Shocks feature real time on-the-go adjustments
Story by Lucas Cooney, May. 15, 2014
Just because Polaris reclaimed its horsepower king title with the 107-horsepower RZR XP 1000 last year doesn't mean the Minnesota-based manufacturer is sitting idly by. In fact, we've recently stumbled upon some patent documents submitted to the United States Patent and Trademark Office that show Polaris is working on a continuously adjustable suspension system that could take ATV and Side-by-Side handling to a new level.
Here is how Polaris describes the continuously adjustable suspension system in the patent documents:
A damping control system for a vehicle having a suspension located between a plurality of ground engaging members and a vehicle frame includes at least one adjustable shock absorber having an adjustable damping characteristic. The system also includes a controller coupled to each adjustable shock absorber to adjust the damping characteristic of each adjustable shock absorber, and a user interface coupled to the controller and accessible to a driver of the vehicle. The user interface includes at least one user input to permit manual adjustment of the damping characteristic of the at least one adjustable shock absorber during operation of the vehicle. Vehicle sensors may also be coupled to the controller to adjust the damping characteristic of the at least one adjustable shock absorber based on sensor output signals.
In layman's terms, Polaris is looking to make fine-tuning your suspension easier. We're talking no tools, on-the-fly adjustability from the cockpit. You will be able to quickly and easily adjust the suspension for any time of terrain or any amount of payload.
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Electronic shocks will control the dynamic movement of each wheel (or ski or track, should this find its way to a snowmobile). The electronic shocks have a valve that controls the damping force of each shock. This valve may control compression damping only, rebound damping only, or a combination of compression and rebound damping. The valve is connected to a controller within reach of the driver in the cockpit.
The patent documents are wide open when it comes to how this technology could be implemented. Polaris outlined three possible applications.
1 – The controller increases the damping of the shock absorbers based on user inputs received from the operator.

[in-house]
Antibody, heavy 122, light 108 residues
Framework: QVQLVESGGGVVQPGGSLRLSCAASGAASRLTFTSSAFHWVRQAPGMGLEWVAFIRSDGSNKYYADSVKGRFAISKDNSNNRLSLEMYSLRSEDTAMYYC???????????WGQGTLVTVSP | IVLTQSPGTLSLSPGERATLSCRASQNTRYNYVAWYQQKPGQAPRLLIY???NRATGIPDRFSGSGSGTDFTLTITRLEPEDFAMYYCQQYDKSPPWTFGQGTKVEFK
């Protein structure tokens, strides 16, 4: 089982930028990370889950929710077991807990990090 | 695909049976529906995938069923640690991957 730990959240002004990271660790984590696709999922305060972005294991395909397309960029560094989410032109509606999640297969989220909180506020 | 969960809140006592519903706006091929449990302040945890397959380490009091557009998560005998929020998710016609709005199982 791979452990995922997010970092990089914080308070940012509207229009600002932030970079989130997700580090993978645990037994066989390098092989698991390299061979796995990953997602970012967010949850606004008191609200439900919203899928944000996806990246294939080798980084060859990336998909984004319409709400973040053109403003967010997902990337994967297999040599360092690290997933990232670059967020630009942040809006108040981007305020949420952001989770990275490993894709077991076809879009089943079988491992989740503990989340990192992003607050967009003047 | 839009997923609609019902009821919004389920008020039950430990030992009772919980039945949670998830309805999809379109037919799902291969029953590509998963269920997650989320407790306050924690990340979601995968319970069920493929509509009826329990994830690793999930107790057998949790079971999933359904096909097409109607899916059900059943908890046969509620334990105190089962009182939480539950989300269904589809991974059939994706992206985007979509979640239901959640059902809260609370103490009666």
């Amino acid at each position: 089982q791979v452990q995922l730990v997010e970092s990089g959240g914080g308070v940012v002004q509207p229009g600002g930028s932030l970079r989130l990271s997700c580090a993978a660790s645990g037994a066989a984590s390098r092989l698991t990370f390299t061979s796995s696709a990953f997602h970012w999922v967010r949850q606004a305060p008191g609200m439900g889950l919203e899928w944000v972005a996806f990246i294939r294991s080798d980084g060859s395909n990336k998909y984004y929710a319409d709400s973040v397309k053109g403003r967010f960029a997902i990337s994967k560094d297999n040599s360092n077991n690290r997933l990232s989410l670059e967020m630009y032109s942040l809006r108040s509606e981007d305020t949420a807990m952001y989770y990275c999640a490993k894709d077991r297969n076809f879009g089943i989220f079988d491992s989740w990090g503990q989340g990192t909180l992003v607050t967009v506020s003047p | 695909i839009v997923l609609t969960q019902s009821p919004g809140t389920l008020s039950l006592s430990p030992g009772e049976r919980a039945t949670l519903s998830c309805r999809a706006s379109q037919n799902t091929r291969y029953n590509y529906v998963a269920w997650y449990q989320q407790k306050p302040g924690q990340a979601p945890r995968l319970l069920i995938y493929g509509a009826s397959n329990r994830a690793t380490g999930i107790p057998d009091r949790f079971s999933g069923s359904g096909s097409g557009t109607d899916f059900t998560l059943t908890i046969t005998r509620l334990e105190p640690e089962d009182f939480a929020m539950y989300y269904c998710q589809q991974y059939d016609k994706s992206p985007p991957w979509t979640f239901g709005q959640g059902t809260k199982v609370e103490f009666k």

2 – The controller has several preset damping modes for selection by the operator.
3 – The controller may be coupled to sensors on the suspension and chassis to provide an actively controlled damping system.
The most obvious place for this technology, at least in our opinion, is the RZR family of Sport Side-by-Sides. Those vehicles are at home everywhere from open desert to gnarly rock crawling areas to long-distance jump ramps. However, a less sexy but very useful home could be the Ranger line of Utility Side-by-Sides. Being able to adjust the suspension if you've got 1,000 pounds of cargo in the back and are towing 1,500 pounds through a rough worksite trail could be a lifesaver. Even Sport ATVs, like the now defunct Outlaw family, would be a great home this technology so you can go from trail rider to motocross racer in seconds.
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If any of this sounds familiar, it should. In car racing, the Lotus Formula 1 team started using active suspension back in 1983 and Mitsubishi introduced it to a production car in 1987. As well, both BMW and Ducati introduced their own versions of active suspension on motorcycles in recent years. Polaris differs in that its system lacks full suspension control, as the only the damping is adjustable for the cockpit – not the spring rate.
The big question will be whether this ever makes it to market. We think it will (and fairly soon at that), but Polaris has to find a way to make it cost effective. For reference, when Ducati launched its active suspension (Ducati Skyhook Suspension) on the 2013 Multistrada 1200 S Touring, the price stayed the same. If Polaris can duplicate that, the response from consumers could be massive.